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The mayor of Hoboken, N.J., says she was told by top officialsin Gov. Chris Christie's administration that she would have to go alongwith a private development project the governor wanted in order for hercity to receive Hurricane Sandy relief money.

Mayor Dawn Zimmer, a Democrat who had previously supported Christie, a Republican, made the allegation Saturday on MSNBC.

Shenamed Lt. Gov. Kim Guadagno and Richard Constable, Christie's communityaffairs commissioner, as the two officials who delivered messages onbehalf of the governor, who has seen his 2016 GOP presidential prospectsthreatened by a growing scandal over allegations aides engineered atraffic tie-up on the George Washington Bridge to settle a score withthe Democratic mayor of Fort Lee.

"The bottom line is, it's notfair for the governor to hold Sandy funds hostage for the City ofHoboken because he wants me to give back to one private developer," shesaid on the program UP w/ Steve Kornacki. "... I know it's verycomplicated for the public to really understand all of this, but I have alegal obligation to follow the law, to bring balanced development toHoboken."

Spokespeople for Constable and Christie denied the claim, the cable network reported.

RELATED: 'Bridgegate' follows Christie to Florida

Theallegation comes as Christie heads to Florida this weekend to wooRepublican donors as well as test his own political resiliency to thescandal. Christie, the new chairman of the Republican GovernorsAssociation, is to appear at several fundraisers for Florida Gov. RickScott and the RGA, which will defend 20 GOP incumbents this year.

Zimmertold a somewhat different story to public radio earlier this month. Ina report Jan. 10, WNYC.org quoted Zimmer as saying she wondered if herdecision not to endorse Christie's re-election played a role in thesmall amount of Sandy aid her city received.

"With 20/20hindsight, in the context we're in right now, we can always look backand say, 'Okay, was it retribution?'" Zimmer said. "I think probably allmayors are reflecting right now and thinking about it, but I reallyhope that that's not the case."

On the MSNBC program Saturday,Zimmer said Guadagno pulled her aside during an event in Hoboken in Mayand made the connection explicit, NJ.com reported.

Zimmer's ownrecollection recorded in her diary was quoted on the program: "Shepulls me aside and says that I need to move forward with the Rockefellerproject. It's very important to the governor. The word is that you areagainst it and you need to move forward or we are not going to be ableto help you. I know it's not right. These things should not beconnected. But they are, she says. 'If you tell anyone I said it, I willdeny it.'"

The development project involves a 19-block area that is one of the city's last undeveloped properties.

Christiespokesman Michael Drewniak disputed Zimmer's claim: "Mayor Zimmer hasbeen effusive in her public praise of the Governor's Office and theassistance we've provided in terms of economic development and Sandyaid," Drewniak said in a statement to MSNBC. "What or who is drivingher only now to say such outlandishly false things is anyone's guess."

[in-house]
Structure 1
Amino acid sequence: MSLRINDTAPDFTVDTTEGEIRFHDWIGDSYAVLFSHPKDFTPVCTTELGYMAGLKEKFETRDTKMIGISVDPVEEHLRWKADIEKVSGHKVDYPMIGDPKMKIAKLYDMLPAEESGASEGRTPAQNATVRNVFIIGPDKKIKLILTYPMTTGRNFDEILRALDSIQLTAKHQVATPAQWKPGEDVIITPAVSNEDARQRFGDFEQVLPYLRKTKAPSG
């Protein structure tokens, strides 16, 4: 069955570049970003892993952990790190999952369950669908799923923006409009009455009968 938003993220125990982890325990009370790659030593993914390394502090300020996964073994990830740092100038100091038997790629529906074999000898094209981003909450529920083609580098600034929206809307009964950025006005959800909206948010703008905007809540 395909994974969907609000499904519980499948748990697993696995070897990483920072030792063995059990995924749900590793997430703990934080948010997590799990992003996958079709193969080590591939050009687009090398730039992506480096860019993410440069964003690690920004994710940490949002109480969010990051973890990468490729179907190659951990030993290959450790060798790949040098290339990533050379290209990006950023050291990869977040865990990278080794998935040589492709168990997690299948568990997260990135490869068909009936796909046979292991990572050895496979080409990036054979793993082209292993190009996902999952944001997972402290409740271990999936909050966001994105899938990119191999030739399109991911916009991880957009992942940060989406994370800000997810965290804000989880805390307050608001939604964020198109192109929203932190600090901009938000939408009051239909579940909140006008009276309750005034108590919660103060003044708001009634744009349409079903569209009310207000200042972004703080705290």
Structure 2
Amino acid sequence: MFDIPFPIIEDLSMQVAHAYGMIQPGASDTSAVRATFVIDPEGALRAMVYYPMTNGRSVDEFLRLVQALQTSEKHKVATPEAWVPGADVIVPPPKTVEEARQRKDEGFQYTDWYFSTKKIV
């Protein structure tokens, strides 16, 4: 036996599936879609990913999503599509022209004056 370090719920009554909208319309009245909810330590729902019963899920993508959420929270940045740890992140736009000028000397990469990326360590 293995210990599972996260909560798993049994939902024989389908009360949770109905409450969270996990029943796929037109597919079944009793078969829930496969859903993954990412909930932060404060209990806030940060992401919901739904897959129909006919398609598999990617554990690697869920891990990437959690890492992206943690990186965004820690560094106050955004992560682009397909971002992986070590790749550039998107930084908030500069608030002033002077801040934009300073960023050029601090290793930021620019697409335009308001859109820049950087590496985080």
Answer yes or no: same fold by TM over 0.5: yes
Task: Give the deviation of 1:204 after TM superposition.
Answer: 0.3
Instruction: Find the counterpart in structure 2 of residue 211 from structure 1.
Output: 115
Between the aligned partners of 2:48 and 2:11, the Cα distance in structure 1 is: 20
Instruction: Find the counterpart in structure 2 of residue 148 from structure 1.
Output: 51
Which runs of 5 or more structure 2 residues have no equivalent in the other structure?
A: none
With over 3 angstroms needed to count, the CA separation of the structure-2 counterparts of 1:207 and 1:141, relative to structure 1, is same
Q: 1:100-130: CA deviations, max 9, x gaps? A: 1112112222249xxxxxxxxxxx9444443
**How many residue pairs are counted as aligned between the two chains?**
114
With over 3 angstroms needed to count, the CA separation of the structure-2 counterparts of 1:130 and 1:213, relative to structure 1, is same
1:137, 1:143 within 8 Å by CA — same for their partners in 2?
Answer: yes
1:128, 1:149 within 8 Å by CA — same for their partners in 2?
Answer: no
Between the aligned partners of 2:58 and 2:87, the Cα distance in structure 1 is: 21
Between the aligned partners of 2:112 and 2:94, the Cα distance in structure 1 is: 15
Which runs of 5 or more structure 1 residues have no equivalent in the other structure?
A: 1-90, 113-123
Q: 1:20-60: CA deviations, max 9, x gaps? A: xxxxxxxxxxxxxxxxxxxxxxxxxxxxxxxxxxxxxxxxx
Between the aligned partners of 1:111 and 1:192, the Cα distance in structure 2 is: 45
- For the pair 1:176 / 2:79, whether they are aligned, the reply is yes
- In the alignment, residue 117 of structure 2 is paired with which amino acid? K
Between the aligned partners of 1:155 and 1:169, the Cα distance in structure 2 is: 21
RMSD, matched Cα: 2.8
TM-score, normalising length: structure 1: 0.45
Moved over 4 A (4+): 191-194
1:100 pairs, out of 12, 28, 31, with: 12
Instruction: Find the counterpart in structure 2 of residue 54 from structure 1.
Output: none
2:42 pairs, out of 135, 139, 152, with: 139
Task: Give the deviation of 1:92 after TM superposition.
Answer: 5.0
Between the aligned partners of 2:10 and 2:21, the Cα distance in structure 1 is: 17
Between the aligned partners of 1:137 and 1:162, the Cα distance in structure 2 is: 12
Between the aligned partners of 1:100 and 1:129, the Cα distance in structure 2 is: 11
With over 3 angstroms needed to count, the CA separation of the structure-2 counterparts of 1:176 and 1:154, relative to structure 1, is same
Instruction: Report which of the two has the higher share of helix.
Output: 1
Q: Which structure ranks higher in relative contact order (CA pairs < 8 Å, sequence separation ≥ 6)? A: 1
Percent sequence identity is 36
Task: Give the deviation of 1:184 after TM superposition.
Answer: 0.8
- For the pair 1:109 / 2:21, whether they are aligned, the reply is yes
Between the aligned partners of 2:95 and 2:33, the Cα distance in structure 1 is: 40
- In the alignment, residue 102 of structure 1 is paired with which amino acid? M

Akey Democratic legislator investigating the Fort Lee traffic scandal,New Jersey Assembly Select Committee on Investigations Chairman JohnWisniewski, said in a statement that Zimmer's allegations "are seriousand yet again raise concern about abuse of government power'.''

Zimmer stood by her charge, offering to take a lie-detector test.

"I'dbe more than willing to testify under oath and - and answer anyquestions and provide any documents, take a lie detector test," Zimmersaid. "And, you know, my question back to them is, 'Would all of you?Would all of you be willing do that same thing, to testify under oath,to take a lie detector test?'"

At the time, the Christieadministration was distributing Hurricane Sandy recovery funds. Zimmerhad requested $100 million for Hoboken, which was devasted by the storm.The city received $342,000.

New Jersey Democratic Rep. FrankPallone said on the same program that Zimmer's accusations suggest an"abuse of power" by the Christie administration. "This is something thatthe U.S. attorney should be looking at, and has to be furtherinvestigated," he said.

Zimmer said making the accusations was"one of the hardest things I've ever done," but said it was "not fairfor the governor to hold Sandy funds hostage for the city of Hoboken."

"I cannot give a windfall to one property owner because the governor wants me to in exchange for Sandy funds," Zimmer said.

Christiespokesman Colin Reed denounced the report and called MSNBC "openlyhostile'' to Christie, the Asbury Park Press reported.

"GovernorChristie and his entire administration have been helping Hoboken get thehelp they need after Sandy, with the city already having been approvedfor nearly $70 million dollars in federal aid and is targeted to geteven more when the Obama administration approves the next rounds offunding," Reed said.

"It's very clear partisan politics are atplay here as Democratic mayors with a political ax to grind come out ofthe woodwork and try to get their faces on television," Reed said.

Contributing: Catalina Camia, Paul Singer, USA Today; John Schoonejongen, Asbury Park Press

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